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Should We Be Concerned With the Ranking of U.S. Students in International Standardized Test Scores?

March 25, 2011

In this post we will explore 3 issues, 2 of which lay the foundation necessary to answer the question above.

1) Are standardized tests valid as a metric of student’s academic knowledge or perhaps even general intelligence?

2) What does the ranking of U.S. students truly represent?  Is it a fair ranking?

3) Should we be concerned?

Let’s get to it…

1) Are standardized tests valid as a metric of student’s academic knowledge or perhaps even general intelligence?

Standardized test scores do a decent job of predicting a students’ grades, particularly near-future grades, e.g. SAT scores do a fairly good job of predicting freshmen year GPA’s.  Further out you go, the correlation begins to drop a bit.  They are also correlated to general IQ tests, like the Stanford-Binet and the Wechsler scales.  In fact, as single measures, there are few tools that are more associated to these academic and IQ outcomes.  Having said that, they explain MUCH less than half the variation in these outcomes, meaning there are a LOT of other factors you have to throw into the mix, such as socioeconomic status, a student’s own academic behaviors, parental academic involvement, teachers, the school, peer influences, etc..

2) What does the ranking of U.S. students truly represent?  Is it a fair ranking?

The ranking is fair insofar as there is no particular test bias that would systematically result in an underestimation of U.S. students’ scores relative to other nationalities, which is often how academics would define fairness. Is the ranking itself fair in a more general sense?  Well, that’s where thing get more interesting.  When U.S. schools are included in these international measures of student achievement and aptitude, there is generally an honest attempt at providing a representative sample that captures the diversity of American public schools.  In other words, you don’t have a situation where only schools from the wealthiest districts participate, or the poorest, or the least ethnically diverse, etc.. This is not always the case with other countries. One complaint made in a recent series of tests that showed exceptional performance among Chinese students was that their sample was grossly over-represented by schools in the one of the wealthiest, most technologically advanced and cosmopolitan cities in the Chinese mainland—Shanghai.  Critics have argued, correctly I’d say, that these schools are hardly representative of all schools in China.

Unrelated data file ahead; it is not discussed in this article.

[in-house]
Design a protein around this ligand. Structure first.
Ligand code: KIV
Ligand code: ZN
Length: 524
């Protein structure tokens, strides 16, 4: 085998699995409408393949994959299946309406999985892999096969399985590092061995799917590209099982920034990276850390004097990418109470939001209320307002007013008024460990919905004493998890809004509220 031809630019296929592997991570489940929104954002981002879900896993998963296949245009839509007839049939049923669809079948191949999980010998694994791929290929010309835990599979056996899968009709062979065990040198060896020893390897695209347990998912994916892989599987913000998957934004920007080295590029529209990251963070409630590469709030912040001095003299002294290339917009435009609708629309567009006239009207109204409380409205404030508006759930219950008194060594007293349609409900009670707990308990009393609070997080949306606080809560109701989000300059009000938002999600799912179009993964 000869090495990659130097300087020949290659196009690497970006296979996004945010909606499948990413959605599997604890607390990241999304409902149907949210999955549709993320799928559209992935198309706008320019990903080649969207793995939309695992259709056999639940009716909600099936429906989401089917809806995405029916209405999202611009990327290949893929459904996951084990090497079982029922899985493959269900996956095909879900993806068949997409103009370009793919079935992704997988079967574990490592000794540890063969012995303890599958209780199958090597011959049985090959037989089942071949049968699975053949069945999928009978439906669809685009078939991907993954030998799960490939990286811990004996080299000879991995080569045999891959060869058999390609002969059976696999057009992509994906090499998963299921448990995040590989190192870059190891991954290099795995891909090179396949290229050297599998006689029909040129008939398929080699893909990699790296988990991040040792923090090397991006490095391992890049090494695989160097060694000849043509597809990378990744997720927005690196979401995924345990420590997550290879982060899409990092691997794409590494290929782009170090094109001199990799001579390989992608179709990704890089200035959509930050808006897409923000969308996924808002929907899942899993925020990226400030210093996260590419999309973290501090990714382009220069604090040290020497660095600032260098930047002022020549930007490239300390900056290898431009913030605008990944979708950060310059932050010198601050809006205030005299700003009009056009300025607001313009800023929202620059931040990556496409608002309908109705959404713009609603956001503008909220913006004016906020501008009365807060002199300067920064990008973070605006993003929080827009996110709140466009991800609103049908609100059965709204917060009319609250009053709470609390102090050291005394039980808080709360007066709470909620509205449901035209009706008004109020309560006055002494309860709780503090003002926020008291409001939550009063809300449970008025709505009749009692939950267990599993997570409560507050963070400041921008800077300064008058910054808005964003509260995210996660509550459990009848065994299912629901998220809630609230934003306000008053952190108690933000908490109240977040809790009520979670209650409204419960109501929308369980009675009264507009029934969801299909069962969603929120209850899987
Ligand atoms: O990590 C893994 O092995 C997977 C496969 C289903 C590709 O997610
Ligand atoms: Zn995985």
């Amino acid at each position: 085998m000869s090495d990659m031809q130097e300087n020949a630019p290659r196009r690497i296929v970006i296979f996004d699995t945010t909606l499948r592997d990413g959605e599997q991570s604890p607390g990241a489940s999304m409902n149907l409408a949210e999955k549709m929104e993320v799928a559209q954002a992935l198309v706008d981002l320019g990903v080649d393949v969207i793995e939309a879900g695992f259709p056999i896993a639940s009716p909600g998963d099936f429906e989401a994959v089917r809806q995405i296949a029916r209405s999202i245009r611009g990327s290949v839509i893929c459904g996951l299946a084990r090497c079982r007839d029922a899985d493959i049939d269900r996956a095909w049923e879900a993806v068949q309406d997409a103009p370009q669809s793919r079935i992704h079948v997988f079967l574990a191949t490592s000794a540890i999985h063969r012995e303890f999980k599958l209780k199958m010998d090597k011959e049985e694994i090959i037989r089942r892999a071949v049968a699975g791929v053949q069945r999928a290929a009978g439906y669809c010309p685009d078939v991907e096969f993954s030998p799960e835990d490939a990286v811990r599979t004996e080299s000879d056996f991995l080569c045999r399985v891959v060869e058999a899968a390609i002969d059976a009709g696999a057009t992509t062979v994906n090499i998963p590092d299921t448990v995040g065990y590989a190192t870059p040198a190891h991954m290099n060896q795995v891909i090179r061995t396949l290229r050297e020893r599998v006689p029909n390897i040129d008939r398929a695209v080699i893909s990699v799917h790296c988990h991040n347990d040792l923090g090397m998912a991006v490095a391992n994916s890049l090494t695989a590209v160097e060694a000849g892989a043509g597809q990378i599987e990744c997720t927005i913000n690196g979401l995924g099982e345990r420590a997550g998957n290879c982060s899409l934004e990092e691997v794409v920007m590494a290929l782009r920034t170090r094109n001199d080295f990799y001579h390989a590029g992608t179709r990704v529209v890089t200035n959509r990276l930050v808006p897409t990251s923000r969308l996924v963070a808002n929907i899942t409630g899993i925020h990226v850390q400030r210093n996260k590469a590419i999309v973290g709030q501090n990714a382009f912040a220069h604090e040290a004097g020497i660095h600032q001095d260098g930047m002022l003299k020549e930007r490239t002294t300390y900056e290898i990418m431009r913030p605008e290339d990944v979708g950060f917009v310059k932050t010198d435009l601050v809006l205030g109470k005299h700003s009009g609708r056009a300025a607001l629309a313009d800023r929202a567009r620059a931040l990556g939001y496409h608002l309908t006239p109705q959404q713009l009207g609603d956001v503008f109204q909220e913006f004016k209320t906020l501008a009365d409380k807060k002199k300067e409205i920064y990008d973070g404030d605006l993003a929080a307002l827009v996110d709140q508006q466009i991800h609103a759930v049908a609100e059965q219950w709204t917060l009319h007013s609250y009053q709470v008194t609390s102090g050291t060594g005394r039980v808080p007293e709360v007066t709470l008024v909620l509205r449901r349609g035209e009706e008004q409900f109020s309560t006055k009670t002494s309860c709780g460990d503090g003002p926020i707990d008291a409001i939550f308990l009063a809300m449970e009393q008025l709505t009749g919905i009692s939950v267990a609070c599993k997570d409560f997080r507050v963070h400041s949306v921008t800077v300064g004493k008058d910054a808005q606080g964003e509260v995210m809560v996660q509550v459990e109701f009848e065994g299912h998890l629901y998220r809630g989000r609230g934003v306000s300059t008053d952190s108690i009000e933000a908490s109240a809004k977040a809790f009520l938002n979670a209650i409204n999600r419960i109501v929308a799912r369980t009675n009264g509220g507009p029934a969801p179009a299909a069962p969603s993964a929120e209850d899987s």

3) Should we be concerned?

Yes and no.  In a general sense, I think we want to be ranked higher.  Why not?  We are the wealthiest country in the world.  Our university system is the envy of every other country. We produce more nobel laureates and our scientists publish more in the top scientific journals, etc…  So why shouldn’t our grade-schoolers and high schoolers also perform near the top on these tests.  Fine, but here are two other things to keep in mind.  Our ranking HAS improved over time. We have gone up several spots and are now signficantly above average on these measures.  There is no reason to believe our ranking won’t continue to improve.  We also do not want the cart pulling the horse.  These test scores should be indicative of better and more effective learning, not the other way around.  To use the old cliché, we should not be obsessed with teaching to the test.  We may end up improving our test scores, but killing a lot of the other great attributes we do a good job of inculcating in our students, such as creativity, autonomous effort, intrinsic motivation, etc.  This is not an empty platitude.  Educational researchers in China are VERY concerned with this very issue and are quite active in trying to import American style of teaching and American theories of child development into their early childhood educational programs.

** As is my practice, I will be adding in-text reference citations to claims I have made above as I find time to track them down and update the blog.

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One Comment
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